Old English Géol, Old Norse Jol, both cognate with PIE *ghel, “to shine; to be glad; bright and shining, gleaming and joyous; galdr, to sing joyful”. Tis’ the season of Ehre, ‘honor’ according to the Germanic tribes; hence the Yule Log which represents tradition, the Yule Boar which represents fehu, and the Yule Oath which is nothing short of one’s own worth. (Linguistics: Compendium of Anglo-Saxon and English Dialects, 1876CE)
In Yorkshire, England, during the 1700s, there was a custom to visit each church and sing (a call the looks akin to ‘Ullr’):
Ule! Ule! Ule!
A token of rejoicing!
Fat pig to each, and puddings three,
Crack nuts and cry ‘Ule!’
-Itinerary of the British Isles, 1770CE
The Yule Log was laid-out, a fire created and kept burning for Twelve Nights; these celebrations were so significant that one reckoned their age by how many Yule’s they had lived.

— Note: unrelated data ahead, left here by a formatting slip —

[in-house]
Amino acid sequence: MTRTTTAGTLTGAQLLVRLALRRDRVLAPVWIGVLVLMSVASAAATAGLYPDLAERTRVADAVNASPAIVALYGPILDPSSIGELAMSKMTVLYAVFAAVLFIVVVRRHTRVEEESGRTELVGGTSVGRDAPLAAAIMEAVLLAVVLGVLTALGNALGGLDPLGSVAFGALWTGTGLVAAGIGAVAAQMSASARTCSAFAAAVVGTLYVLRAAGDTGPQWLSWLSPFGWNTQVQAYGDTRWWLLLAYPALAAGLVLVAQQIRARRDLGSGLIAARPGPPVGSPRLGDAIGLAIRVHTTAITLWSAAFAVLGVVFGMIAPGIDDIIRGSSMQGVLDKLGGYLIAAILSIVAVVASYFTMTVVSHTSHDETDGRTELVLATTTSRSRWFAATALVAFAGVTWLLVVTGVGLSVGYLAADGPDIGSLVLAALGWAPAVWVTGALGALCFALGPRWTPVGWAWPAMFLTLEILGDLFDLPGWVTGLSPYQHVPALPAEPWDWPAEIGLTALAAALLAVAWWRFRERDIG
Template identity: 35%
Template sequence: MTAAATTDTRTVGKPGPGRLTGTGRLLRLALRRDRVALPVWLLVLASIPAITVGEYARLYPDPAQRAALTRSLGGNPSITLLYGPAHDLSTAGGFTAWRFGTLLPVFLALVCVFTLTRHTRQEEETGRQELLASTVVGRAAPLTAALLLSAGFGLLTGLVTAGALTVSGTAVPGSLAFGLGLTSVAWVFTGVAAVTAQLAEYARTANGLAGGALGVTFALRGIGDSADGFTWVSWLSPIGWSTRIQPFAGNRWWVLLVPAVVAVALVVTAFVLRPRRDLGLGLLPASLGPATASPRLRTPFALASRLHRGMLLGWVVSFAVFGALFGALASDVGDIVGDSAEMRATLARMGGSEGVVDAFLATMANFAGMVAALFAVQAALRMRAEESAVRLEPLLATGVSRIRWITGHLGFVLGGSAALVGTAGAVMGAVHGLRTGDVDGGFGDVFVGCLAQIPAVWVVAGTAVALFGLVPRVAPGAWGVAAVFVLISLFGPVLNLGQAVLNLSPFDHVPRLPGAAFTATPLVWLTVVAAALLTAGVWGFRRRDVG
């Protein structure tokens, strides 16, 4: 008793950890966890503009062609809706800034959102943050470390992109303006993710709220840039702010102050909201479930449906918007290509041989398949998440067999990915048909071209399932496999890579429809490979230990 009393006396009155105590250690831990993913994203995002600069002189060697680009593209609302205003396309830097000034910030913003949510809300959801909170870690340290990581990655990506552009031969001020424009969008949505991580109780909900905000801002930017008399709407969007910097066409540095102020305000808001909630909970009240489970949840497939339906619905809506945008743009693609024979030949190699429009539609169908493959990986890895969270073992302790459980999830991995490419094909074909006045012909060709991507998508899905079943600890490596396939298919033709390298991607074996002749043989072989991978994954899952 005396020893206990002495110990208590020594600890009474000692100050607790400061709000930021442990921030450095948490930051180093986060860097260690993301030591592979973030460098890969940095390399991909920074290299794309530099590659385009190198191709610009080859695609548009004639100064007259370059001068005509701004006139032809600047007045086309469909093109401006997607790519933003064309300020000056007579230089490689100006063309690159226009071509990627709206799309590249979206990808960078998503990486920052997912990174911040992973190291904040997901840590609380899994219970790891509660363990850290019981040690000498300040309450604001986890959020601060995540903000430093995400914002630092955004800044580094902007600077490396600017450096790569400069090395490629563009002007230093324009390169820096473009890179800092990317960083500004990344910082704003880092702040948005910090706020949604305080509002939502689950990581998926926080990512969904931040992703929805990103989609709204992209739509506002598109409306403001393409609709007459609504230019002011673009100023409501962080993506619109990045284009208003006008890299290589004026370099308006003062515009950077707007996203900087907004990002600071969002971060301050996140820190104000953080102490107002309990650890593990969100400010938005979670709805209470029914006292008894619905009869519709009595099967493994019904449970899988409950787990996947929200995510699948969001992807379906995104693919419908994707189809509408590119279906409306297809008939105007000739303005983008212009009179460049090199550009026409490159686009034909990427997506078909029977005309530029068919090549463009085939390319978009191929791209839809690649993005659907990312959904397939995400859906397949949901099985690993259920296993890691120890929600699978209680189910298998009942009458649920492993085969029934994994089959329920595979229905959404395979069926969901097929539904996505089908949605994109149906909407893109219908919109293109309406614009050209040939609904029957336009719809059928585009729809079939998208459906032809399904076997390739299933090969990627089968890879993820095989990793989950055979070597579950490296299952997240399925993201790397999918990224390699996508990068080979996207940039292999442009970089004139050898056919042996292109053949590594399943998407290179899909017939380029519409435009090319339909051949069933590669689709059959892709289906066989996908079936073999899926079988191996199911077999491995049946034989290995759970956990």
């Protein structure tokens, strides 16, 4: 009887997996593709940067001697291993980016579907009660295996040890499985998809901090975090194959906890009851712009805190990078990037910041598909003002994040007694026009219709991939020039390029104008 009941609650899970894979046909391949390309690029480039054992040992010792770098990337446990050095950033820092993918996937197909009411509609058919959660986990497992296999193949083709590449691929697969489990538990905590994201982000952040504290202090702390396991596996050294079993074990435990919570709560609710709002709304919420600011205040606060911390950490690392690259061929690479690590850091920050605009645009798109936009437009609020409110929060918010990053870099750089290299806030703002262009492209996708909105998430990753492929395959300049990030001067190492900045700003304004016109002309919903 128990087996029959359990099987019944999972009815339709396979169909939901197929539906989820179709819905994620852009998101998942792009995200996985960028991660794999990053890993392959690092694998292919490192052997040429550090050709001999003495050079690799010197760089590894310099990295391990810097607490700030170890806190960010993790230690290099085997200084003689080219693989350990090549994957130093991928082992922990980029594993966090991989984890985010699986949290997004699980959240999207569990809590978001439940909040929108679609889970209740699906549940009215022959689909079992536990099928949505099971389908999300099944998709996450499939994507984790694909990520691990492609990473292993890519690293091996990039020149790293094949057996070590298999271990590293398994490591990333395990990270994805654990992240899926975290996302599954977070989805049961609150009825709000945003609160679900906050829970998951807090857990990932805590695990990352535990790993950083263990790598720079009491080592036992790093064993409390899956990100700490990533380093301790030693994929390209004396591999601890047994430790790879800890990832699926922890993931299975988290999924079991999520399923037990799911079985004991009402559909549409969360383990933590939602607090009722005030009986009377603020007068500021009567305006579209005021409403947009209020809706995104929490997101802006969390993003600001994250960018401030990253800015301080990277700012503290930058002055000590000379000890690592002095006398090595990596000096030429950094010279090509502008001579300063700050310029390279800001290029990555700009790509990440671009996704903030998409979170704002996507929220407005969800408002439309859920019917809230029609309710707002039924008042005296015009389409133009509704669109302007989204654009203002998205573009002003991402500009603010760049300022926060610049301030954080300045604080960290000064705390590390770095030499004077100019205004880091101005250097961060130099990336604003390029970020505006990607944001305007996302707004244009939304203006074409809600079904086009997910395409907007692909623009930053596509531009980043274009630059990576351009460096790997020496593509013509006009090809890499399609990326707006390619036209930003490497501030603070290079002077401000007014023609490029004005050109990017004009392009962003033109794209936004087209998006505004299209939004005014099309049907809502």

Now blocks to cleave / this time requires
‘Gainst Yuletide for / to make strong fires!
-Poor Robin, 1677CE
On this First Night, Yule Cakes were made from the Yule Dough – used to bundle sweet meats, or veal mixed with dried fruit and wine. Traditional recipes include Plum Porridge and Mince Pies are still common in Europe today. As to meat, boar is the platter of choice – and judging by the oaths sworn upon both ‘boar and ring’, meaningfully significant:
The boris hed in hondes I brynge,
With garlandes gay and byrdes synynge;
I pray you all, helpe me to synge,
As you all feast so hartily!
-Boar’s Head Carol, 1521CE
Yule Gifts were given to all guests in the hall, even the Carolers who sang at every door.
So on this First Night: Start the Yule Log ablaze, eat rich pork and fruit pies, with hearty mead! For, according to tradition, these rich goods and breaded sweets are meant as a prayer for safety during the dark Winter Nights.